The problem in the church was not this woman only; it was also the attitude of the church itself. The church was too easy-going and lacking in discipline.
The Lord of the church had given instructions and warnings, and now it was time for correction. He could not allow Jezebel’s influence to continue. Verse 22 and 23 describe her punishment. Verse 22 says he will cast her “into a bed,” that is, afflict her with illness or disease. Next he will bring “great tribulation,” some heavy pressure that will be in the form of punishment. Finally, he will bring death to all her followers (v. 23). There is no way to escape the eyes for the Lord and the reach of his hand on our lives!
So what does God’s Word say about purity in the church? From Ephesians 5 come some directions. We are to walk in love, not lust (vv 2-3). We are to walk as children of light, not children of darkness (vv. 2-3). We are not to have fellowship with the unfruitful works of darkness; rather, we are to reprove them (vv. 11-12). First Thessalonians four says we are to seek the most thorough moral purity. First Corinthians 6:18-20 calls us to the full dedication of our bodies to the Lord as temples of the Holy Spirit. Second Corinthians 6:17-18 says that we are to live separate lives, touching no unclean things. Any way you look at it, Christ is to be characterized by moral purity.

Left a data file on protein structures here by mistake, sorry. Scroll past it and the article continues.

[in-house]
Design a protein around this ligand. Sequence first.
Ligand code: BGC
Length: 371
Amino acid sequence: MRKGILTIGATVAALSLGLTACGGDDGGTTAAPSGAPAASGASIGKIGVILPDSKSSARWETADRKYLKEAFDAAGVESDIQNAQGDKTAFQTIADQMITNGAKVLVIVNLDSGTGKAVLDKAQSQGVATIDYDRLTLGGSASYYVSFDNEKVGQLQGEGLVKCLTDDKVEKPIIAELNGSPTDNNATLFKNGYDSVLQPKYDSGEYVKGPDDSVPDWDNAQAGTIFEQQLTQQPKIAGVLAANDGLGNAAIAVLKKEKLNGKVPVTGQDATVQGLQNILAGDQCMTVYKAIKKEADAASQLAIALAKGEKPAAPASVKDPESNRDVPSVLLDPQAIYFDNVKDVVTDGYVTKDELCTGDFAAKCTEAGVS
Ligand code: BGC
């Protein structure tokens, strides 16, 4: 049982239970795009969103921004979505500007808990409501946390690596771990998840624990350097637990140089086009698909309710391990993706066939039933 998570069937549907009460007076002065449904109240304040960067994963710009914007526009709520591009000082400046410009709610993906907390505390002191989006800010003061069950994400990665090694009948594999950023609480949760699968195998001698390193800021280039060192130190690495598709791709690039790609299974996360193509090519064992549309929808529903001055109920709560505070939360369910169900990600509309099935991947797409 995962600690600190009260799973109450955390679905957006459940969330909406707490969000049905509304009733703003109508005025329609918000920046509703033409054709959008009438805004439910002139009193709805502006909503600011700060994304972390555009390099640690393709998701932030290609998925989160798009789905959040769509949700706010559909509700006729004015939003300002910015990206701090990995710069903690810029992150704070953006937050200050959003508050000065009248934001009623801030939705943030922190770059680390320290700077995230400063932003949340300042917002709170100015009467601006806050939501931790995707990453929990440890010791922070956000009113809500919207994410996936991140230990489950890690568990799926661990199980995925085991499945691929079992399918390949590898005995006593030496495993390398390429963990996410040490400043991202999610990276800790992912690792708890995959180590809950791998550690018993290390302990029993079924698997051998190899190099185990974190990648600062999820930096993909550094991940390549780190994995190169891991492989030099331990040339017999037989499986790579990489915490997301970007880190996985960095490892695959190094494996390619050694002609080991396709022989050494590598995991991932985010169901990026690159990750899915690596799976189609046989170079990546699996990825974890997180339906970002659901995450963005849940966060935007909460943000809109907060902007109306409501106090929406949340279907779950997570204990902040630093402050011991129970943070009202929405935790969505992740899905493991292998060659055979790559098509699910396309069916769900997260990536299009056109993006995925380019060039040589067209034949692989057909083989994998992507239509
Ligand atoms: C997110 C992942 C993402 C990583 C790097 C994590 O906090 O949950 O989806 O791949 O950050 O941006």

Therefore we are to look on moral impurity as a cancer in the church that must be dealt with. And the only way it can be dealt with it to repent of our sins, taking any necessary steps in cleansing and restitution. Doing so will set the church free!
When the church responds in repentance and obedience to the Spirit, three promises from Christ come into reality. First, there is the promise of no other burden: “I will not impose any other burden on You” (2:24 NIV). The truth already given is enough. The principle of God’s Word by which they are to live has already been given. Second, there is the promise of victory over enemies. “Power over the nations” is given by which they shall be ruled with a rod of iron. Both now and in the future, as believers who overcome, we share in Christ’s authority over the world. And third, there is the promise of the presence of Christ himself: “I will give him the morning star.” Jesus Christ is the Morning Star! We overcome in him as we are obedient to his works.
A cleanse life and a cleansed church are Christ’s way to victory. He wants every believer, spiritual leader, and family to live clean lives. “Whoever has ears, let him hear what the Spirit says to the churches” (2:29 NIV). God bless you this morning.